Daily World News Digest, 17 October 2017

Somalia: Mogadishu victims buried in mass grave

Following the truck bomb in Mogadishu, which killed more than 300 and injured another 300, more than 100 unidentified people have been buried. The victims were burned beyond recognition. While rapid burial is partly due to Islamic culture, the Somali government does not have proper mortuary facilities or the capability to carry out forensic tests to identify the victims. “The government exhausted every effort to recognize these dead bodies … but it became so difficult that it decided to bury them all together,” said one local government official.

Venezuela: former Attorney-General says she has evidence of extrajudicial killings

Venezuela’s former Attorney-General, Luisa Ortega, who was removed from her post by the country’s newly formed constituent assembly in August, said she has evidence of extrajudicial killings and other human rights abuses by the government. She said that documents in her possession were sufficient…

Daily World News Digest, 16 October 2017

Mexico’s New Disappearances Law

Mexico’s Congress has enacted a General Law on Disappearances, which aims to strengthen the government’s ability to track and investigate disappearances. According to the Mexican government’s official database, at least 33,000 people have disappeared in the country since 2007. However, most cases are never properly investigated and the whereabouts of thousands of missing people is unknown. The Mexican government has reported only six federal court convictions for enforced disappearance, and many of these cases involve incidents that took place before 2007. The new General Law on Disappearances is expected to play a critical role in addressing this crisis.

Retrial of former Guatemalan leader Rios Montt begins

The genocide trial of former Guatemalan dictator, General Jose Efraín Ríos Montt, has resumed behind closed doors after more than a year. The 90-year-old retired general face charges related to the killing of 1,771 Ixil Indians during his…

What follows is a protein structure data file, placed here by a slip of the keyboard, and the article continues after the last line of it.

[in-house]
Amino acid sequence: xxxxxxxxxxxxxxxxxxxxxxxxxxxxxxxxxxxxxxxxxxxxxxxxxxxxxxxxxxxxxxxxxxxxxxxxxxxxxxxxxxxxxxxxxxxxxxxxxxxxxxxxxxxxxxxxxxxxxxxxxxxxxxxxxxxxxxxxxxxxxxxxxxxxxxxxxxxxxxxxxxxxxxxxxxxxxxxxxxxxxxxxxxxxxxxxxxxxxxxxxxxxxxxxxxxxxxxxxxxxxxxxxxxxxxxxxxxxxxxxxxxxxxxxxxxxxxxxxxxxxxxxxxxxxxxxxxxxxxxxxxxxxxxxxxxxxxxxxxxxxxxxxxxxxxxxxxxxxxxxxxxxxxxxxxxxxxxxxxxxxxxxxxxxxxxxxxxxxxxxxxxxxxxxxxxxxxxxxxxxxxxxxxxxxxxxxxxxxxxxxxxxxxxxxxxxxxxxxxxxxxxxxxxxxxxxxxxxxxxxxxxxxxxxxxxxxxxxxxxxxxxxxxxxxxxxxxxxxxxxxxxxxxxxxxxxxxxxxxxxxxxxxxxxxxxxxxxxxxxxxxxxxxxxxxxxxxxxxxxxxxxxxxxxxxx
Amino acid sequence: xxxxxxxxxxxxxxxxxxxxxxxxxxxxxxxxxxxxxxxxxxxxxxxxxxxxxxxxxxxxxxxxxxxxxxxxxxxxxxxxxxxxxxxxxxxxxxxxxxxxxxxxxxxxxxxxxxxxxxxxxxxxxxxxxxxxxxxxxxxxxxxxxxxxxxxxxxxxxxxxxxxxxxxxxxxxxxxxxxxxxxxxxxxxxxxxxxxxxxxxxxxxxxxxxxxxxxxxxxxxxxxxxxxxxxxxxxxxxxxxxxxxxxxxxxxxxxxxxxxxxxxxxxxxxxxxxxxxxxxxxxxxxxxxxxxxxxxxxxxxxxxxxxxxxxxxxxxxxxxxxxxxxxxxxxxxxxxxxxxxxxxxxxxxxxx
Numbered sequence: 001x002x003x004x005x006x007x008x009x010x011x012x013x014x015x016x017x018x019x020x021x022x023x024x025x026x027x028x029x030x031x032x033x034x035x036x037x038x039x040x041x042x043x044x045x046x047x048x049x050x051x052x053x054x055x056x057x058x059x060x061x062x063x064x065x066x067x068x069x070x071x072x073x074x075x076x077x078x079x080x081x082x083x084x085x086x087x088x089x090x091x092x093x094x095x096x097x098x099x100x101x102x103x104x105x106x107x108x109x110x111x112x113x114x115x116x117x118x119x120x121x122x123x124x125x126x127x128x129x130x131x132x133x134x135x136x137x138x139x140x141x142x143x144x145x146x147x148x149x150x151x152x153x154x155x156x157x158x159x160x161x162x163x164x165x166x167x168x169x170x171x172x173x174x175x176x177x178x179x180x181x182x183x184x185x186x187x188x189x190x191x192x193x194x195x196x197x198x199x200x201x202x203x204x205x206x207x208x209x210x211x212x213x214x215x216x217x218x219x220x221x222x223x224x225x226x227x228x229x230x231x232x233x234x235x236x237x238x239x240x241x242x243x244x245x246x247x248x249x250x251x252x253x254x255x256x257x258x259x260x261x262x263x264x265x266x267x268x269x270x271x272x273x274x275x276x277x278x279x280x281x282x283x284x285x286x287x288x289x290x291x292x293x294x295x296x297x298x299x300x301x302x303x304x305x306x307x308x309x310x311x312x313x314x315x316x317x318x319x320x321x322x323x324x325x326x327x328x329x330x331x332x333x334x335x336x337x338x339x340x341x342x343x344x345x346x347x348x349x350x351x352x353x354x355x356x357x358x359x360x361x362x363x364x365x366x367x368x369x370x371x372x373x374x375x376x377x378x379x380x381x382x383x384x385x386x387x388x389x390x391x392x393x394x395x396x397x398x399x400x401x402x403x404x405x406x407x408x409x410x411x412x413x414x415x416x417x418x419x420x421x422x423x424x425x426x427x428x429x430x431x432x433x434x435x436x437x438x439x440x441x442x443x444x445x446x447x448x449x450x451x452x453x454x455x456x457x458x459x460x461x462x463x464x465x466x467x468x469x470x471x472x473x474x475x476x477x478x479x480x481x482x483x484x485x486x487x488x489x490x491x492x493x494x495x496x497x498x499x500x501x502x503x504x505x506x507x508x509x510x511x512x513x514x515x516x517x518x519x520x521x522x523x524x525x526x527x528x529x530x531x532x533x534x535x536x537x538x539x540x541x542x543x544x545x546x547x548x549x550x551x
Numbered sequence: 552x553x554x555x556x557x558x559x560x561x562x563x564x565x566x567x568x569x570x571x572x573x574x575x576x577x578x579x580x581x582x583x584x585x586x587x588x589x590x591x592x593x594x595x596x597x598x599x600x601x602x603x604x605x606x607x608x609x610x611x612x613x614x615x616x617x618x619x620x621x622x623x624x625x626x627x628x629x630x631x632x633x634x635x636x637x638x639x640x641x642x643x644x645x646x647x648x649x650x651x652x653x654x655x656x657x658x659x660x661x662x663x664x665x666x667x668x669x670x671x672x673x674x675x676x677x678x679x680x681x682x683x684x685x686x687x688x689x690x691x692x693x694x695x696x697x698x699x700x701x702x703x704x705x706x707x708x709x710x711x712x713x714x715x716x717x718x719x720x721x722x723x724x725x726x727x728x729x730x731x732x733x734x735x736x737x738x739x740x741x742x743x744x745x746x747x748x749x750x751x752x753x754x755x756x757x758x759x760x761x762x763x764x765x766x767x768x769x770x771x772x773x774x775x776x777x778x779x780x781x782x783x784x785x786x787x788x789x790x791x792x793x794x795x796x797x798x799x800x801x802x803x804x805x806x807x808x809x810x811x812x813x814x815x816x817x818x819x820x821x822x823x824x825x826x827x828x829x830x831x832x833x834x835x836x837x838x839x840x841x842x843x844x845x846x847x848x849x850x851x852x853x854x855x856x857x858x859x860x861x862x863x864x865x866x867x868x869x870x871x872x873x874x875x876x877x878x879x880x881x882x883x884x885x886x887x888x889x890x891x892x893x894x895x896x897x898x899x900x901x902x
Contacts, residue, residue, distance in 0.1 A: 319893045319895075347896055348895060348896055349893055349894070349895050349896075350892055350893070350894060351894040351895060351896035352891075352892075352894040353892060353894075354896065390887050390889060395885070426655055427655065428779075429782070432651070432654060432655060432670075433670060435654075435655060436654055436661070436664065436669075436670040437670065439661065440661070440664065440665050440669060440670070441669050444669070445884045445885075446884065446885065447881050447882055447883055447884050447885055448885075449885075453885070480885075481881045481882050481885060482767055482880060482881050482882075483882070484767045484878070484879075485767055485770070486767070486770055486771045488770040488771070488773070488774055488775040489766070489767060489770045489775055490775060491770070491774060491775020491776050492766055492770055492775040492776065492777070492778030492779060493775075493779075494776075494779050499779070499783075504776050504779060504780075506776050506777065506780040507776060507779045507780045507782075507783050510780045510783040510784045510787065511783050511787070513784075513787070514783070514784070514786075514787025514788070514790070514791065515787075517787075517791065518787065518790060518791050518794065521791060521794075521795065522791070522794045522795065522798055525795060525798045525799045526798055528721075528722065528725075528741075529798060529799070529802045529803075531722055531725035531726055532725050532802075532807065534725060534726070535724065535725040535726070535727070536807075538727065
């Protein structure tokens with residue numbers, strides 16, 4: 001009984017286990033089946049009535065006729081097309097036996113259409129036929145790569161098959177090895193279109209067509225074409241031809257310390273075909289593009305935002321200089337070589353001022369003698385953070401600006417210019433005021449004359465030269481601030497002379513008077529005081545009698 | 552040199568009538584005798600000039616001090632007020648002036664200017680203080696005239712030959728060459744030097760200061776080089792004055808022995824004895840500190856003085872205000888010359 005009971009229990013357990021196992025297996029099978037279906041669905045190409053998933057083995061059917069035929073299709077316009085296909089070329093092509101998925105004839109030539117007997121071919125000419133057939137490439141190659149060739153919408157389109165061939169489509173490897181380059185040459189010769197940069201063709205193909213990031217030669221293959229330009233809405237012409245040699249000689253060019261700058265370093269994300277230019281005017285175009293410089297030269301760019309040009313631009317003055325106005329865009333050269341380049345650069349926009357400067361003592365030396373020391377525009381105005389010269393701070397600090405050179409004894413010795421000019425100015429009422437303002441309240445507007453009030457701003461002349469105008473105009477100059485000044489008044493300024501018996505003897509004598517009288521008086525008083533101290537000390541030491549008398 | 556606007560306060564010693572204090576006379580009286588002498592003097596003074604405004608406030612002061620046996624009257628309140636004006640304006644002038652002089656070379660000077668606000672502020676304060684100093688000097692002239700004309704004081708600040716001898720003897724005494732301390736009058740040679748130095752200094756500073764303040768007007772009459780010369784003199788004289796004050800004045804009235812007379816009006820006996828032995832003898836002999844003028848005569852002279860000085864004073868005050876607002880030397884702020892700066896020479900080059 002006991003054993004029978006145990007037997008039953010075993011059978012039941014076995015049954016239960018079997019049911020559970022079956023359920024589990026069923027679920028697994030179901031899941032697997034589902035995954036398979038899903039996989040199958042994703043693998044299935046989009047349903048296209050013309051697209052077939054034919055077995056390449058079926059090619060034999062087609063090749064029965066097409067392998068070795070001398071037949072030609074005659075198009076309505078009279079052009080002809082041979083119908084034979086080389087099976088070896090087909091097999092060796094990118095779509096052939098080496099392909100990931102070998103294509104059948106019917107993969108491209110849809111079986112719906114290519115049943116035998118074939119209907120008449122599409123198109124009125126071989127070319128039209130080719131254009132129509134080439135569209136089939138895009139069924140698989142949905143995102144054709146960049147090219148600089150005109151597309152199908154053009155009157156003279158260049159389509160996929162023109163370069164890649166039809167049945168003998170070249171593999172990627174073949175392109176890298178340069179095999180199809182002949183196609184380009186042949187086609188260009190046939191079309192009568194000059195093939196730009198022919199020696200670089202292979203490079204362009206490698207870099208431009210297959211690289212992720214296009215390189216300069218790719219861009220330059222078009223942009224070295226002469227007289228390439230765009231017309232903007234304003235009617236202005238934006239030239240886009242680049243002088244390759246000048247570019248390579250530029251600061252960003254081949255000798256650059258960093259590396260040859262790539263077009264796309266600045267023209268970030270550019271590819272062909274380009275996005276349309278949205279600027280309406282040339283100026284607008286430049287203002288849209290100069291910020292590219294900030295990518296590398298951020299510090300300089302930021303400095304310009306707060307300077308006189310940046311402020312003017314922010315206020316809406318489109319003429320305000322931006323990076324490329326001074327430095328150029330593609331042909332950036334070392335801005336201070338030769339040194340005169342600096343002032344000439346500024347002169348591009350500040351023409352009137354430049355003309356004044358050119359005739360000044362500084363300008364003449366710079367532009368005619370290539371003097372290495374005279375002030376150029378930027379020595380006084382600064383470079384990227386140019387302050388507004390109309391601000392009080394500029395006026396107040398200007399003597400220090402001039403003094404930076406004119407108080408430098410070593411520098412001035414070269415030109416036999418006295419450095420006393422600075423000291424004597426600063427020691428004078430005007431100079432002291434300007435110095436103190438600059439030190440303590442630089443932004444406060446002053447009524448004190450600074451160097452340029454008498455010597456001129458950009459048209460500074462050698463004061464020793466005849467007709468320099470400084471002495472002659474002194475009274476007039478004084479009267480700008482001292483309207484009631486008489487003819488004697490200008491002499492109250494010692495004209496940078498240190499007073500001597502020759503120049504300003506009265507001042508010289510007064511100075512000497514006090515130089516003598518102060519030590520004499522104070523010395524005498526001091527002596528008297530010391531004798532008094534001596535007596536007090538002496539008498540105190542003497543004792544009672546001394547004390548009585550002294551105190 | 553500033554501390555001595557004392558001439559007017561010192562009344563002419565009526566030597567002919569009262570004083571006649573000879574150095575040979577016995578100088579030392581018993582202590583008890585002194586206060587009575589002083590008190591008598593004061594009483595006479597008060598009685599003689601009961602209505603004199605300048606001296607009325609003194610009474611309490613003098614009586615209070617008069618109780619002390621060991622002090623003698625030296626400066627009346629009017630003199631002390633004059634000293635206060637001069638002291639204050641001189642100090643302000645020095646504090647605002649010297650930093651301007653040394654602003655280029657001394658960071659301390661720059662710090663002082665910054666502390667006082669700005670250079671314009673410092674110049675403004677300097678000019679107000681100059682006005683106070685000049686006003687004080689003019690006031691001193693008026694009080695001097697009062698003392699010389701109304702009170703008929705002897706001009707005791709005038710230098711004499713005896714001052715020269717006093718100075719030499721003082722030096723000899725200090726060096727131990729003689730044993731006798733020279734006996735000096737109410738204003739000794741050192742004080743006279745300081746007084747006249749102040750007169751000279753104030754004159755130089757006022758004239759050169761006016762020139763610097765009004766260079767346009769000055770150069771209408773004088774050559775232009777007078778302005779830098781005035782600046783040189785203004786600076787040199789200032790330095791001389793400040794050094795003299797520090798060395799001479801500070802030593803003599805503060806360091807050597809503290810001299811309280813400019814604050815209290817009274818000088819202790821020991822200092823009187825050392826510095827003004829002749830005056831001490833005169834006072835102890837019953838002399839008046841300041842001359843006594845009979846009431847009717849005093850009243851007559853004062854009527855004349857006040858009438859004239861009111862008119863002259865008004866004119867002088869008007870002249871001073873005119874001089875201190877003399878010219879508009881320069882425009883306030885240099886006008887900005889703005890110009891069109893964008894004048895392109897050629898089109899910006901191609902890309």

Daily World News Digest, 13 October 2017

Iraq seeks more help in dealing with mass graves

Iraq has asked for international assistance regarding the handling of mass graves that have been discovered since the launch of anti-Da’esh operations, citing insufficient government capabilities. According to the High Commission for Human Rights, locating the large number of mass graves that contain the remains of hundreds of victims requires exceptional efforts that exceed current government capabilities.

El Salvador urges global support in finding the disappeared

The government of El Salvador has called on international organizations to help support the work of a newly established special commission to account for thousands of people who disappeared during the 1980-1992 conflict. On 27 September, the government created a National Commission for the Search of Adults Disappeared in the Context of the Armed Conflict (CONABUSQUEDA), which is expected to start operating in 2018. About 8,000 people disappeared during the conflict, according to official…

Daily World News Digest, 12 October 2017

Pakistan: Commission on Enforced Disappearance criticized

A Pakistani parliamentary committee has concluded that the Commission on Enforced Disappearances has failed to determine the responsibility of individuals or organizations involved in enforced disappearances. While the Commission says it has accounted for more than 2,000 missing persons in the last six years, the parliamentary committee points out that there have been no recorded statements by victims, and there has been no investigation or prosecution of officials involved in enforced disappearances.

Philippines: army officer acquitted in abduction case

More than after being snatched from a mall in Quezon City, an army officer charged with the abduction has been acquitted by the Quezon City regional trial court. The verdict said the prosecution failed to produce witnesses to identify the accused, Harry Baliaga Jr, who is now an army major. In a statement, the prosecution said, “We are immeasurably frustrated that key eyewitnesses who positively…

Daily World News Digest, 11 October 2017

Finding the missing in Albania

(Albanian Daily News) Brian J. Williams, the UN Resident Coordinator and UNDP Resident Representative in Albania, argues that the legacy of human rights violations during the 1945-91 dictatorship in Albania has yet to be properly addressed. He highlights the need to account for the 6,000 people who disappeared during the dictatorship. The UN Human Rights Council, he notes, found that, “as remains have not been found, justice has not been rendered, and so the principle of ‘a continuous crime’ applies”. Mr. Williams cites the Albanian government’s prospective agreement with the International Commission on Missing Persons to help identify remains as a positive step towards addressing the legacy of the former regime.

Transitional justice in Syria

More than 106,000 people have been arrested or disappeared in Syria since 2011, according to Human Rights Watch; and rights groups are examining the prospects for transitional justice mechanisms…